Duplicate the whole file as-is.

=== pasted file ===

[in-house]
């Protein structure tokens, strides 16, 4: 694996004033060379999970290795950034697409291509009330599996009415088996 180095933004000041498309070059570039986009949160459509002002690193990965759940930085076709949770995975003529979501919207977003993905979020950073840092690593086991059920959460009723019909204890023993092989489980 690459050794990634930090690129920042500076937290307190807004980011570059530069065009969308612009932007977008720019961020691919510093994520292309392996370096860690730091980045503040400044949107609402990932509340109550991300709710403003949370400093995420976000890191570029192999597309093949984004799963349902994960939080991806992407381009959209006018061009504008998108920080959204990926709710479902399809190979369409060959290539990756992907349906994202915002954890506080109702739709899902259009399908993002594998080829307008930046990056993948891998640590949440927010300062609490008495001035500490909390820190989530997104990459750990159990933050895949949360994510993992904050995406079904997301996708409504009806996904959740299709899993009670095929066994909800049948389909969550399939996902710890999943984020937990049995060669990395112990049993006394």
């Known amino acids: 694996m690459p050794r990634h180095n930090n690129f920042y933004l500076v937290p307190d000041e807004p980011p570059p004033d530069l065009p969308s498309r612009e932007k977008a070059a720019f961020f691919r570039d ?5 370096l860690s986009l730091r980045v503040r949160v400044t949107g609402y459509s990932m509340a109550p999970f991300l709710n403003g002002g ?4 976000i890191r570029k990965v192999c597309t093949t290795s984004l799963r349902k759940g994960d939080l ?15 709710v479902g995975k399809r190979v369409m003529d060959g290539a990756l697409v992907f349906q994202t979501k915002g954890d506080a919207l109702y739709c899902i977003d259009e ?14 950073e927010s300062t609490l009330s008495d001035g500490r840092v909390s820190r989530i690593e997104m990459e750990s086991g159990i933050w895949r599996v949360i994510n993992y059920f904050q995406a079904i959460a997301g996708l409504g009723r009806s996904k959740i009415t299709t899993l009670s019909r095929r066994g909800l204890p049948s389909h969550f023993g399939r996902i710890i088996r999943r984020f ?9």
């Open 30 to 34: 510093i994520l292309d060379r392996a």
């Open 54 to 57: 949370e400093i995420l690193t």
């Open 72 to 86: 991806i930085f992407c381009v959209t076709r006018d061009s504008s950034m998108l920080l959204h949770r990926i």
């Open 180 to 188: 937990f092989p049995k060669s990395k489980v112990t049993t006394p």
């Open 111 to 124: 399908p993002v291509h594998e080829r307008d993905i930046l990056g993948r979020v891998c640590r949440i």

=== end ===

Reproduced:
[in-house]
């Protein structure tokens, strides 16, 4: 694996004033060379999970290795950034697409291509009330599996009415088996 180095933004000041498309070059570039986009949160459509002002690193990965759940930085076709949770995975003529979501919207977003993905979020950073840092690593086991059920959460009723019909204890023993092989489980 690459050794990634930090690129920042500076937290307190807004980011570059530069065009969308612009932007977008720019961020691919510093994520292309392996370096860690730091980045503040400044949107609402990932509340109550991300709710403003949370400093995420976000890191570029192999597309093949984004799963349902994960939080991806992407381009959209006018061009504008998108920080959204990926709710479902399809190979369409060959290539990756992907349906994202915002954890506080109702739709899902259009399908993002594998080829307008930046990056993948891998640590949440927010300062609490008495001035500490909390820190989530997104990459750990159990933050895949949360994510993992904050995406079904997301996708409504009806996904959740299709899993009670095929066994909800049948389909969550399939996902710890999943984020937990049995060669990395112990049993006394």
């Known amino acids: 694996m690459p050794r990634h180095n930090n690129f920042y933004l500076v937290p307190d000041e807004p980011p570059p004033d530069l065009p969308s498309r612009e932007k977008a070059a720019f961020f691919r570039d ?5 370096l860690s986009l730091r980045v503040r949160v400044t949107g609402y459509s990932m509340a109550p999970f991300l709710n403003g002002g ?4 976000i890191r570029k990965v192999c597309t093949t290795s984004l799963r349902k759940g994960d939080l ?15 709710v479902g995975k399809r190979v369409m003529d060959g290539a990756l697409v992907f349906q994202t979501k915002g954890d506080a919207l109702y739709c899902i977003d259009e ?14 950073e927010s300062t609490l009330s008495d001035g500490r840092v909390s820190r989530i690593e997104m990459e750990s086991g159990i933050w895949r599996v949360i994510n993992y059920f904050q995406a079904i959460a997301g996708l409504g009723r009806s996904k959740i009415t299709t899993l009670s019909r095929r066994g909800l204890p049948s389909h969550f023993g399939r996902i710890i088996r999943r984020f ?9």
């Open 30 to 34: 510093i994520l292309d060379r392996a």
């Open 54 to 57: 949370e400093i995420l690193t």
């Open 72 to 86: 991806i930085f992407c381009v959209t076709r006018d061009s504008s950034m998108l920080l959204h949770r990926i």
């Open 180 to 188: 937990f092989p049995k060669s990395k489980v112990t049993t006394p």
């Open 111 to 124: 399908p993002v291509h594998e080829r307008d993905i930046l990056g993948r979020v891998c640590r949440i």